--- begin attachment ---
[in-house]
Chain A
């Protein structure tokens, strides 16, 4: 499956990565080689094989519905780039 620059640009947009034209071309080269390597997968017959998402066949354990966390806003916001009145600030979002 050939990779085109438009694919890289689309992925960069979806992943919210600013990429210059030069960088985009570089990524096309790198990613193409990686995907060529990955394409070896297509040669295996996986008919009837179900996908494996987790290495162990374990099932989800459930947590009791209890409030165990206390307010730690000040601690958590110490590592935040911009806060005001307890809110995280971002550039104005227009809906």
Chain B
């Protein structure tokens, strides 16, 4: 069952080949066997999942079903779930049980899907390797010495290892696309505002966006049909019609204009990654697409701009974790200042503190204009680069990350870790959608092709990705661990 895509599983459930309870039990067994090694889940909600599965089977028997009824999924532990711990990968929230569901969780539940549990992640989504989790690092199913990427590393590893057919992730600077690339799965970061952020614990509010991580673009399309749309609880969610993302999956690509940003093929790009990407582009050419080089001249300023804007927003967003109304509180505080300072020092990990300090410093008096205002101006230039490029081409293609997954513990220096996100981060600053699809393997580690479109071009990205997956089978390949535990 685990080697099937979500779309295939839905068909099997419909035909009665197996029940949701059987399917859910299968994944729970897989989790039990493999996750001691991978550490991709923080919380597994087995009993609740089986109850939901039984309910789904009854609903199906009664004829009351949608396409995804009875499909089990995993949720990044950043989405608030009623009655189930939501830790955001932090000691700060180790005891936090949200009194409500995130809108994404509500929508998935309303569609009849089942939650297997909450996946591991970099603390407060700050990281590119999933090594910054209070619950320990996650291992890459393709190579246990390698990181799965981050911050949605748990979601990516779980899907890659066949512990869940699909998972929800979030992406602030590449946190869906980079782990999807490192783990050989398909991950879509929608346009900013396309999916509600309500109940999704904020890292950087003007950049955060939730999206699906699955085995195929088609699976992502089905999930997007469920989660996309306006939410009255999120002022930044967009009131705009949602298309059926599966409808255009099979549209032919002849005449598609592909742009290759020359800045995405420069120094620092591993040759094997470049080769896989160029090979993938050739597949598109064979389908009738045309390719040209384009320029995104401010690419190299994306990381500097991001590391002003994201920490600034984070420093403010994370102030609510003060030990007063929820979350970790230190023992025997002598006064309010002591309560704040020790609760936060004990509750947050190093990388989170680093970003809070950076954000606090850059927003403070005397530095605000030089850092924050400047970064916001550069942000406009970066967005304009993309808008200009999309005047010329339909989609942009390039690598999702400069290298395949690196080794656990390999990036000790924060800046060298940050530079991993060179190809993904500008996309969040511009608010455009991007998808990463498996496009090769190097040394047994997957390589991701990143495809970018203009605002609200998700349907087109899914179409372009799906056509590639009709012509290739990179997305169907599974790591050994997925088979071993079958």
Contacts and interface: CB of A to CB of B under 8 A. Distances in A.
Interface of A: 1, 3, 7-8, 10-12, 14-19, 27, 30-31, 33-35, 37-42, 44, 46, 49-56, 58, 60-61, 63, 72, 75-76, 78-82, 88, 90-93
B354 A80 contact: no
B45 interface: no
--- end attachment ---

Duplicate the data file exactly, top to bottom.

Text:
[in-house]
Chain A
């Protein structure tokens, strides 16, 4: 499956990565080689094989519905780039 620059640009947009034209071309080269390597997968017959998402066949354990966390806003916001009145600030979002 050939990779085109438009694919890289689309992925960069979806992943919210600013990429210059030069960088985009570089990524096309790198990613193409990686995907060529990955394409070896297509040669295996996986008919009837179900996908494996987790290495162990374990099932989800459930947590009791209890409030165990206390307010730690000040601690958590110490590592935040911009806060005001307890809110995280971002550039104005227009809906």
Chain B
């Protein structure tokens, strides 16, 4: 069952080949066997999942079903779930049980899907390797010495290892696309505002966006049909019609204009990654697409701009974790200042503190204009680069990350870790959608092709990705661990 895509599983459930309870039990067994090694889940909600599965089977028997009824999924532990711990990968929230569901969780539940549990992640989504989790690092199913990427590393590893057919992730600077690339799965970061952020614990509010991580673009399309749309609880969610993302999956690509940003093929790009990407582009050419080089001249300023804007927003967003109304509180505080300072020092990990300090410093008096205002101006230039490029081409293609997954513990220096996100981060600053699809393997580690479109071009990205997956089978390949535990 685990080697099937979500779309295939839905068909099997419909035909009665197996029940949701059987399917859910299968994944729970897989989790039990493999996750001691991978550490991709923080919380597994087995009993609740089986109850939901039984309910789904009854609903199906009664004829009351949608396409995804009875499909089990995993949720990044950043989405608030009623009655189930939501830790955001932090000691700060180790005891936090949200009194409500995130809108994404509500929508998935309303569609009849089942939650297997909450996946591991970099603390407060700050990281590119999933090594910054209070619950320990996650291992890459393709190579246990390698990181799965981050911050949605748990979601990516779980899907890659066949512990869940699909998972929800979030992406602030590449946190869906980079782990999807490192783990050989398909991950879509929608346009900013396309999916509600309500109940999704904020890292950087003007950049955060939730999206699906699955085995195929088609699976992502089905999930997007469920989660996309306006939410009255999120002022930044967009009131705009949602298309059926599966409808255009099979549209032919002849005449598609592909742009290759020359800045995405420069120094620092591993040759094997470049080769896989160029090979993938050739597949598109064979389908009738045309390719040209384009320029995104401010690419190299994306990381500097991001590391002003994201920490600034984070420093403010994370102030609510003060030990007063929820979350970790230190023992025997002598006064309010002591309560704040020790609760936060004990509750947050190093990388989170680093970003809070950076954000606090850059927003403070005397530095605000030089850092924050400047970064916001550069942000406009970066967005304009993309808008200009999309005047010329339909989609942009390039690598999702400069290298395949690196080794656990390999990036000790924060800046060298940050530079991993060179190809993904500008996309969040511009608010455009991007998808990463498996496009090769190097040394047994997957390589991701990143495809970018203009605002609200998700349907087109899914179409372009799906056509590639009709012509290739990179997305169907599974790591050994997925088979071993079958």
Contacts and interface: CB of A to CB of B under 8 A. Distances in A.
Interface of A: 1, 3, 7-8, 10-12, 14-19, 27, 30-31, 33-35, 37-42, 44, 46, 49-56, 58, 60-61, 63, 72, 75-76, 78-82, 88, 90-93
B354 A80 contact: no
B45 interface: no